We then sort the object contours from left-to-right, which isn’t a requirement, but makes it easier to view the output of our script.

The next step is to loop over each of the contours individually:

60 61 62 63 64 65 66 67 68 69 70 71 72 73 74 75 |
# loop over the contours individually for (i, c) in enumerate(cnts): # if the contour is not sufficiently large, ignore it if cv2.contourArea(c) < 100: continue # compute the rotated bounding box of the contour, then # draw the contours box = cv2.minAreaRect(c) box = cv2.cv.BoxPoints(box) if imutils.is_cv2() else cv2.boxPoints(box) box = np.array(box, dtype="int") cv2.drawContours(image, [box], -1, (0, 255, 0), 2) # show the original coordinates print("Object #{}:".format(i + 1)) print(box) |

**Line 61** starts looping over our contours. If a contour is not sufficiently large (due to “noise” in the edge detection process), we discard the contour region (**Lines 63 and 64**).

Otherwise, **Lines 68-71** handle computing the rotated bounding box of the contour (taking care to use
cv2.cv.BoxPoints [if we are using OpenCV 2.4] or
cv2.boxPoints [if we are using OpenCV 3]) and drawing the contour on the
image .

We’ll also print the original rotated bounding box so we can compare the results after we order the coordinates.

We are now ready to order our bounding box coordinates in a clockwise arrangement:

77 78 79 80 81 82 83 84 85 86 87 88 89 90 |
# order the points in the contour such that they appear # in top-left, top-right, bottom-right, and bottom-left # order, then draw the outline of the rotated bounding # box rect = order_points_old(box) # check to see if the new method should be used for # ordering the coordinates if args["new"] > 0: rect = perspective.order_points(box) # show the re-ordered coordinates print(rect.astype("int")) print("") |

**Line 81** applies the *original* (i.e., flawed)
order_points_old function to arrange our bounding box coordinates in top-left, top-right, bottom-right, and bottom-left order.

If the
--new 1 flag has been passed to our script, then we’ll apply our *updated*
order_points function (**Lines 85 and 86**).

Just like we printed the *original bounding box* to our console, we’ll also print the *ordered points* so we can ensure our function is working properly.

Finally, we can visualize our results:

92 93 94 95 96 97 98 99 100 101 102 103 |
# loop over the original points and draw them for ((x, y), color) in zip(rect, colors): cv2.circle(image, (int(x), int(y)), 5, color, -1) # draw the object num at the top-left corner cv2.putText(image, "Object #{}".format(i + 1), (int(rect[0][0] - 15), int(rect[0][1] - 15)), cv2.FONT_HERSHEY_SIMPLEX, 0.55, (255, 255, 255), 2) # show the image cv2.imshow("Image", image) cv2.waitKey(0) |

We start looping over our (hopefully) ordered coordinates on **Line 93** and draw them on our
image .

According to the
colors list, the top-left point should be *red*, the top-right point *purple*, the bottom-right point *blue*, and finally, the bottom-left point *teal*.

Lastly, **Lines 97-103** draw the object number on our
image and display the output result.

To execute our script using the *original, flawed* implementation, just issue the following command:

1 |
$ python order_coordinates.py |

As we can see, our output is anticipated with the points ordered clockwise in a top-left, top-right, bottom-right, and bottom-left arrangement — **except for Object #6!**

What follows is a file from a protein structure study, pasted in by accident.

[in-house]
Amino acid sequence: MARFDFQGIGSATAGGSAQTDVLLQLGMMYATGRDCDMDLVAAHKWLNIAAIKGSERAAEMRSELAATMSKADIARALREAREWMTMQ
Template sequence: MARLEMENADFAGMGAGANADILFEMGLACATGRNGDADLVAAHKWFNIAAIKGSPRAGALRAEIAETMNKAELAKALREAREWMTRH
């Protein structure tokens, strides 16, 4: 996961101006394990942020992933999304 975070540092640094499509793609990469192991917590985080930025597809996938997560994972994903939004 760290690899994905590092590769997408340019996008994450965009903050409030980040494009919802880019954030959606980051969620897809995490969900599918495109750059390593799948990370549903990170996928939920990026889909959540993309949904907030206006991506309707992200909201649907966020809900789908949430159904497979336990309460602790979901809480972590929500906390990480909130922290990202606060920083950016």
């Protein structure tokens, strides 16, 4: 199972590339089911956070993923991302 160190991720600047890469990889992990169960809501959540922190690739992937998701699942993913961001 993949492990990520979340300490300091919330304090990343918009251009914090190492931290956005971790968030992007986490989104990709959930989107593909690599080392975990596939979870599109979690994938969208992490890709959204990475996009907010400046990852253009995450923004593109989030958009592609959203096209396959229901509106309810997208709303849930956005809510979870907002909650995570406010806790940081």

**Note:*** Take a look at the output circles — notice how there isn’t a blue one?*

Looking at our terminal output for Object #6, we can see why:

Taking the sum of these coordinates we end up with:

- 520 + 255 = 775
- 491 + 226 = 717
- 520 + 197 = 717
- 549 + 226 = 775

While the difference gives us:

- 520 – 255 = 265
- 491 – 226 = 265
- 520 – 197 = 323
- 549 – 226 = 323

As you can see, **we end up with duplicate values!**

And since there are duplicate values, the argmin() and argmax() functions don’t work as we expect them to, giving us an incorrect set of “ordered” coordinates.

To resolve this issue, we can use our updated order_points function in the imutils package. We can verify that our updated function is working properly by issuing the following command:

1 |
$ python order_coordinates.py --new 1 |

This time, all of our points are ordered correctly, including Object #6:

When utilizing perspective transforms (or any other project that requires ordered coordinates), *make sure you use our updated implementation!*

## Summary

In this blog post, we started a three part series on *calculating the size of objects in images* and *measuring the distance between objects*. To accomplish these goals, we’ll need to order the 4 points associated with the rotated bounding box of each object.

We’ve already implemented such a function in a previous blog post; however, as we discovered, this implementation has a fatal flaw — it can return the *wrong coordinates* under *very specific* situations.

To resolve this problem, we defined a new, updated order_points function and placed it in the imutils package. This implementation ensures that our points are always ordered correctly.

Now that we can order our *(x, y)*-coordinates in a reliable manner, we can move on to *measuring the size of objects in an image*, which is exactly what I’ll be discussing in our next blog post.

**Be sure to signup for the PyImageSearch Newsletter by entering your email address in the form below — you won’t want to miss this series of posts!**

This is a great solution to the problem. I have run into this problem before and never was able to devise a reliable solution.